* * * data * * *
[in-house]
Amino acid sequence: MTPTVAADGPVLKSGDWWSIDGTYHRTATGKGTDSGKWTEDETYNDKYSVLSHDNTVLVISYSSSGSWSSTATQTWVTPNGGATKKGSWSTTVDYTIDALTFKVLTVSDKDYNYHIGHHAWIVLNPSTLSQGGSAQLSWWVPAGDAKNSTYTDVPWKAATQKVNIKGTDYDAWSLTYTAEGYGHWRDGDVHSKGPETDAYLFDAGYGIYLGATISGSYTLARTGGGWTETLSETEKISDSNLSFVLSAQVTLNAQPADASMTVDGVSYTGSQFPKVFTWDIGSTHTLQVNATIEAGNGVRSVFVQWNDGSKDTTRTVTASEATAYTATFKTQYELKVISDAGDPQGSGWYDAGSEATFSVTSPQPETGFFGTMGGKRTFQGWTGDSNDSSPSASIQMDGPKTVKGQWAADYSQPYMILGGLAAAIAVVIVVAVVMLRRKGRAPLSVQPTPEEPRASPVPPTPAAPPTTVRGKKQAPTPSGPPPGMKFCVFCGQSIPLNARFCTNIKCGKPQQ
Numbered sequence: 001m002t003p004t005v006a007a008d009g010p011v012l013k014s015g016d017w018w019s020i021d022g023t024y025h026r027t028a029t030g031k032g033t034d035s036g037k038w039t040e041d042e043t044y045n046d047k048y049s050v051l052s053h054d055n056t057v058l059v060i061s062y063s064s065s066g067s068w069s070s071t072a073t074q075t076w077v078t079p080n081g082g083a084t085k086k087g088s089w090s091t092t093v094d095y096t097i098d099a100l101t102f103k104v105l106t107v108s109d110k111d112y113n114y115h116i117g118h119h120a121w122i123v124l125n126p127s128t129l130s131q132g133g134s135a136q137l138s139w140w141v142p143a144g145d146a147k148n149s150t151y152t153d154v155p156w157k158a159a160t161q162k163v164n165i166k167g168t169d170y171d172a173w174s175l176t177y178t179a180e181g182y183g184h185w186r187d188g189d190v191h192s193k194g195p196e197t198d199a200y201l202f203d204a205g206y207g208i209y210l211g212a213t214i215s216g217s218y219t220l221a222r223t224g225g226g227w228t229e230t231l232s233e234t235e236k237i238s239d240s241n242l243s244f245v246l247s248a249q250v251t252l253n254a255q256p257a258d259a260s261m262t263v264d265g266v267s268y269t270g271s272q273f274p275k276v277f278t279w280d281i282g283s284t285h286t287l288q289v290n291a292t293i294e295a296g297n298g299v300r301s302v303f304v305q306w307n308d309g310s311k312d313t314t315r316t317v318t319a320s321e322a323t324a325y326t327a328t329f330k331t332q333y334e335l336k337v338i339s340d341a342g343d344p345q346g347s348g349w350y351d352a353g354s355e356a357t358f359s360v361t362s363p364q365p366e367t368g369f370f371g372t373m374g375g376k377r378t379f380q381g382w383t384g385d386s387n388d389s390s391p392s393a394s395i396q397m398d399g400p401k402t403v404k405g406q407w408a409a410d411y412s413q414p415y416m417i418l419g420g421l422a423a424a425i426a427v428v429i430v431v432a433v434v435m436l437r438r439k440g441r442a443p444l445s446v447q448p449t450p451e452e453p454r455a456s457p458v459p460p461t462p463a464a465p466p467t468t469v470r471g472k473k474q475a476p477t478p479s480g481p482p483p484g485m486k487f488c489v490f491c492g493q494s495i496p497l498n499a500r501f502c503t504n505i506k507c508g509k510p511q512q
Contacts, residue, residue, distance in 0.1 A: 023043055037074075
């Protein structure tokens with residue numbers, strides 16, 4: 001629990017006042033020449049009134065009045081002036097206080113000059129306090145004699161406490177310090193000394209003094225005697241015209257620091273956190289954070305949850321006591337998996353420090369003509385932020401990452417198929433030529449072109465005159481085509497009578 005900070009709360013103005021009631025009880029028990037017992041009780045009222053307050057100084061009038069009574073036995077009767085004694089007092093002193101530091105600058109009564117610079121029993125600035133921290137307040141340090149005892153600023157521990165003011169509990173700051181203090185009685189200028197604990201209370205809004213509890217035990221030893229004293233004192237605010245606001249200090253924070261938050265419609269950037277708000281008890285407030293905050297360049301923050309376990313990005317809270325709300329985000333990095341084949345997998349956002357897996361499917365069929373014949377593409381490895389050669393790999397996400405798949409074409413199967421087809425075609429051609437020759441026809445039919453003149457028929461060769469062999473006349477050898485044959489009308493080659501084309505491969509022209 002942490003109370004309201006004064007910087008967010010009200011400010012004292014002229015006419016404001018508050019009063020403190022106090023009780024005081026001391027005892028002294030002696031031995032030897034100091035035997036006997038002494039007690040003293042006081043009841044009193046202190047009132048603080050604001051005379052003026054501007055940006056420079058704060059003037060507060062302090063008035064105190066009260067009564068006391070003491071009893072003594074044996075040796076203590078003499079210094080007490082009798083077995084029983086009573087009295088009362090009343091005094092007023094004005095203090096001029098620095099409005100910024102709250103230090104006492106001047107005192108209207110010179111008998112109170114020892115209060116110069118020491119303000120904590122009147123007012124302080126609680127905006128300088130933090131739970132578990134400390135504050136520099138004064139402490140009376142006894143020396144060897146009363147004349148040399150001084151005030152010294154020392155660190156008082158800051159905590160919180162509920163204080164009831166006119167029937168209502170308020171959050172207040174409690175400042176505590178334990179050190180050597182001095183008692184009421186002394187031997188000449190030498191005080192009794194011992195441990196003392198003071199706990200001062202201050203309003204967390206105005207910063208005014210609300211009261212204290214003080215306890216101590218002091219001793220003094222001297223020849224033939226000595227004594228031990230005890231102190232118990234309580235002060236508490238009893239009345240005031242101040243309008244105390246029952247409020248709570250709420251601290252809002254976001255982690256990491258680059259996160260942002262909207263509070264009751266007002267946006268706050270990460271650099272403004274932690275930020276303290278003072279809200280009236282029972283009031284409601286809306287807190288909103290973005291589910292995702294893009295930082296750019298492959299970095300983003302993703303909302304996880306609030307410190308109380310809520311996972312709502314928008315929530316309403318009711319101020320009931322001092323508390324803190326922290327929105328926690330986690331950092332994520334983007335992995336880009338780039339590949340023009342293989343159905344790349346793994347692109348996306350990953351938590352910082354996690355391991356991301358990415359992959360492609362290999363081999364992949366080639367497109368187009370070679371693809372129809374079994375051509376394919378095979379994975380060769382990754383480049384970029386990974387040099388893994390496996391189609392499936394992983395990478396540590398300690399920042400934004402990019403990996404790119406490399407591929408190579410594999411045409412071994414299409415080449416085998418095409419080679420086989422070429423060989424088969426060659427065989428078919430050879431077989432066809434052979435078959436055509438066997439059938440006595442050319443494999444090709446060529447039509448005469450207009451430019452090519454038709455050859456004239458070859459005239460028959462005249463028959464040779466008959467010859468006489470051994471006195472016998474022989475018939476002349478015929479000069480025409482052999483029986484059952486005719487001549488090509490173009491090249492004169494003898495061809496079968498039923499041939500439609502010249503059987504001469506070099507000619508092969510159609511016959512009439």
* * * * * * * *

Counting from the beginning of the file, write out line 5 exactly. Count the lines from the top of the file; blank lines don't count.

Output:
């Protein structure tokens with residue numbers, strides 16, 4: 001629990017006042033020449049009134065009045081002036097206080113000059129306090145004699161406490177310090193000394209003094225005697241015209257620091273956190289954070305949850321006591337998996353420090369003509385932020401990452417198929433030529449072109465005159481085509497009578 005900070009709360013103005021009631025009880029028990037017992041009780045009222053307050057100084061009038069009574073036995077009767085004694089007092093002193101530091105600058109009564117610079121029993125600035133921290137307040141340090149005892153600023157521990165003011169509990173700051181203090185009685189200028197604990201209370205809004213509890217035990221030893229004293233004192237605010245606001249200090253924070261938050265419609269950037277708000281008890285407030293905050297360049301923050309376990313990005317809270325709300329985000333990095341084949345997998349956002357897996361499917365069929373014949377593409381490895389050669393790999397996400405798949409074409413199967421087809425075609429051609437020759441026809445039919453003149457028929461060769469062999473006349477050898485044959489009308493080659501084309505491969509022209 002942490003109370004309201006004064007910087008967010010009200011400010012004292014002229015006419016404001018508050019009063020403190022106090023009780024005081026001391027005892028002294030002696031031995032030897034100091035035997036006997038002494039007690040003293042006081043009841044009193046202190047009132048603080050604001051005379052003026054501007055940006056420079058704060059003037060507060062302090063008035064105190066009260067009564068006391070003491071009893072003594074044996075040796076203590078003499079210094080007490082009798083077995084029983086009573087009295088009362090009343091005094092007023094004005095203090096001029098620095099409005100910024102709250103230090104006492106001047107005192108209207110010179111008998112109170114020892115209060116110069118020491119303000120904590122009147123007012124302080126609680127905006128300088130933090131739970132578990134400390135504050136520099138004064139402490140009376142006894143020396144060897146009363147004349148040399150001084151005030152010294154020392155660190156008082158800051159905590160919180162509920163204080164009831166006119167029937168209502170308020171959050172207040174409690175400042176505590178334990179050190180050597182001095183008692184009421186002394187031997188000449190030498191005080192009794194011992195441990196003392198003071199706990200001062202201050203309003204967390206105005207910063208005014210609300211009261212204290214003080215306890216101590218002091219001793220003094222001297223020849224033939226000595227004594228031990230005890231102190232118990234309580235002060236508490238009893239009345240005031242101040243309008244105390246029952247409020248709570250709420251601290252809002254976001255982690256990491258680059259996160260942002262909207263509070264009751266007002267946006268706050270990460271650099272403004274932690275930020276303290278003072279809200280009236282029972283009031284409601286809306287807190288909103290973005291589910292995702294893009295930082296750019298492959299970095300983003302993703303909302304996880306609030307410190308109380310809520311996972312709502314928008315929530316309403318009711319101020320009931322001092323508390324803190326922290327929105328926690330986690331950092332994520334983007335992995336880009338780039339590949340023009342293989343159905344790349346793994347692109348996306350990953351938590352910082354996690355391991356991301358990415359992959360492609362290999363081999364992949366080639367497109368187009370070679371693809372129809374079994375051509376394919378095979379994975380060769382990754383480049384970029386990974387040099388893994390496996391189609392499936394992983395990478396540590398300690399920042400934004402990019403990996404790119406490399407591929408190579410594999411045409412071994414299409415080449416085998418095409419080679420086989422070429423060989424088969426060659427065989428078919430050879431077989432066809434052979435078959436055509438066997439059938440006595442050319443494999444090709446060529447039509448005469450207009451430019452090519454038709455050859456004239458070859459005239460028959462005249463028959464040779466008959467010859468006489470051994471006195472016998474022989475018939476002349478015929479000069480025409482052999483029986484059952486005719487001549488090509490173009491090249492004169494003898495061809496079968498039923499041939500439609502010249503059987504001469506070099507000619508092969510159609511016959512009439």